13. 14. Seed plants <ul><li>300 MYA – swamps began to dry up, giving new “seed plants” advantage </li></ul><ul><li>“Naked” (gymnosperms) and covered seeds (angiosperms) </li></ul><ul><li>Seed: embryo with a food supply, in a protective coating </li></ul><ul><li>Seeds are a detachable, mobile, womb (with embryo)  </li></ul>
    14. 15. New & Improved! <ul><li>Shrunken gametophytes (microscopic) </li></ul><ul><li>Male/female spores </li></ul><ul><li>Ovules/pollen </li></ul>
    15. 16. Comparison of life cycles – learn this!
    16. 17. Pollen <ul><li>Male gametophyte surrounded by protective layer </li></ul><ul><li>Sperm swimming through water (ferns & moss) can only go a few cm </li></ul><ul><li>Pollen can go hundreds of KM by wind or animal </li></ul>http://www.zoology.ubc.ca/~bio336/Bio336/Lectures/Lecture5/pollen.jpg
    17. 18. Seeds vs Spores Protective coat No protective coat Food supply – can lay dormant much longer No food supply Multi-cellular: embryo plus food supply plus seed coat Single-celled: embryo 2N 2N SEEDS SPORES (mosses & ferns)
    18. 19. Gymnosperms <ul><li>~305 MYA (150 MY before flowering plants!) </li></ul><ul><li>Some gymnosperms took advantage of drier conditions with waxy cuticles and needle-like leaves </li></ul>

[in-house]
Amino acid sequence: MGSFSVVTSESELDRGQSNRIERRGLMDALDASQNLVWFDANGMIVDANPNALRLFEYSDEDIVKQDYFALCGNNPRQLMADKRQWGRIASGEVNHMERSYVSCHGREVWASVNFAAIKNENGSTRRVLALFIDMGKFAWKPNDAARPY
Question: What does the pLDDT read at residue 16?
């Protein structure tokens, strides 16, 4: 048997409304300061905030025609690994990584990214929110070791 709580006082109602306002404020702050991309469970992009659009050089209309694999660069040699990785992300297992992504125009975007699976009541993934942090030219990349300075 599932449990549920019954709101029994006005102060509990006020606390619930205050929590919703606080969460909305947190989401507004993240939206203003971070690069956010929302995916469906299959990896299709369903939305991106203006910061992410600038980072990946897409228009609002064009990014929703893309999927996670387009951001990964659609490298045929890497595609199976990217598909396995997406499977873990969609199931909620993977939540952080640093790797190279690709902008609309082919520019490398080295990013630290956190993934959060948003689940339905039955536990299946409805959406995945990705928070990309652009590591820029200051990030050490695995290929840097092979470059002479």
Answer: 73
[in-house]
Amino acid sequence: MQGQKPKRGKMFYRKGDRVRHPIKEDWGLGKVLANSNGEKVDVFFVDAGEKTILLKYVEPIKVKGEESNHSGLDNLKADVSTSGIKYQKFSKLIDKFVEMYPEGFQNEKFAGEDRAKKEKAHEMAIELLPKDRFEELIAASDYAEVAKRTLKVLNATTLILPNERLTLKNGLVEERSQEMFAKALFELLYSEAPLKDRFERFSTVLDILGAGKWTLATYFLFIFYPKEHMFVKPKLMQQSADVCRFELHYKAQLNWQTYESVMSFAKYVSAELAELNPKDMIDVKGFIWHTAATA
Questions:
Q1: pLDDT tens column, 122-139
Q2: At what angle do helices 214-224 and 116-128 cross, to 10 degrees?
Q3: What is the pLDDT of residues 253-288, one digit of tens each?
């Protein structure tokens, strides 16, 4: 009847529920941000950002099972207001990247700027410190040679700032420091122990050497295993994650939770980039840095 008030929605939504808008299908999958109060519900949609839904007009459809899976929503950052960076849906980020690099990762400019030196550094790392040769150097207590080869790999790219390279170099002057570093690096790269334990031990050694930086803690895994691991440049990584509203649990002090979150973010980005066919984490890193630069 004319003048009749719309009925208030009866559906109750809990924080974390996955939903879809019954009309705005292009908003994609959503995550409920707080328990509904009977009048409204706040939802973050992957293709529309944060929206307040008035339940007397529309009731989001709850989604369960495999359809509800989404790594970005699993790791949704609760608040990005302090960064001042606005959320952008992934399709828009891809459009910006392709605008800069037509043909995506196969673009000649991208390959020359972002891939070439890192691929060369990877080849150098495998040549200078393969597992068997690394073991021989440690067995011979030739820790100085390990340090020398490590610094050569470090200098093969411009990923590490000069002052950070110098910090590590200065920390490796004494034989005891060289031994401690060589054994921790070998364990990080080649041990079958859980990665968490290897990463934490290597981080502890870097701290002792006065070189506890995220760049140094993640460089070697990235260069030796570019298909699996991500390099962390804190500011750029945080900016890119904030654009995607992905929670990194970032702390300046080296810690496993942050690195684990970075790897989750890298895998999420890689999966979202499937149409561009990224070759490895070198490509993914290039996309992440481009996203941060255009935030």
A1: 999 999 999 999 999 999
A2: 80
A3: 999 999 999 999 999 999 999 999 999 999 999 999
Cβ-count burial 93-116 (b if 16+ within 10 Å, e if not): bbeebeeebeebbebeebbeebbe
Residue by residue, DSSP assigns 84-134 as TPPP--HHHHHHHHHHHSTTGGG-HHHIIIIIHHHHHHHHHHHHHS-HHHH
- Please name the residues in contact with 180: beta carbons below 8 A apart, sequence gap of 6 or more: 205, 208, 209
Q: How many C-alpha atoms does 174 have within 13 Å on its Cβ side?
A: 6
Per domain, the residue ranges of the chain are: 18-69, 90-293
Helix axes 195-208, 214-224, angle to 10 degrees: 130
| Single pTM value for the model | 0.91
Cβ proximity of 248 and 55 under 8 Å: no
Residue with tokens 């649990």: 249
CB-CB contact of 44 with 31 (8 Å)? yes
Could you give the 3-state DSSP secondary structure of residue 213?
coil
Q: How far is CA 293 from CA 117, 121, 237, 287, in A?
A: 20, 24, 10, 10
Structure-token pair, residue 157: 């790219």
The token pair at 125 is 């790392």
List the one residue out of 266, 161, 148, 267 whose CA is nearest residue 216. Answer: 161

19. 20. Gymnosperm Diversity http://z.about.com/d/forestry/1/0/m/J/Gingko-Blaetter.jpg Phylum Ginkgophyta Phylum Gnetophyta Image: University of Wisconsin – Madison Botany Phylum Coniferophyta Phylum Cycadophyta Image: University of Wisconsin – Madison Plant Systematics Collection
    20. 21. <ul><li>Male pine cones (sporangia, pollen-producing) </li></ul><ul><li>Male & female pine cones </li></ul>http://www.nps.gov/romo/male_pine_cones.htm http://emhsbot-zoo.wikispaces.com/Plants
    21. 22. Angiosperms (Flowering Plants) <ul><li>250,000 species (90% of all living plants!) </li></ul><ul><li>Flower – specialized sex part </li></ul><ul><li>Sepal, Petal, Stamen, Carpel </li></ul>
    22. 23. Fruit <ul><li>Protect dormant seeds </li></ul><ul><li>Aid in dispersal </li></ul>http://whatscookingamerica.net/Foto3/AvocadoPhoto.jpg http://www.nwnature.net/plants/trees/images/P1060267.jpg
    23. 24. Monocot & (Eu)Dicot <ul><li>Cotyledon – seed leaf in the embryo </li></ul><ul><li>Monocots = one seed leaf </li></ul><ul><li>Dicots = two seed leaves </li></ul>
    24. 25. Yes No No No Flower / Fruit Pollen Pollen Sperm (needs H2O) Sperm (needs H2O) Male Gamete (1N) Seed Seed Spore Spore Seeds / Spores (2N) Yes Yes Yes No Woody Stem (with lignin) Yes Yes Yes No Vascular Tissue Sporophyte Sporophyte Sporophyte Gametophyte Dominant Life Form Angiosperms Gymnosperms Ferns Mosses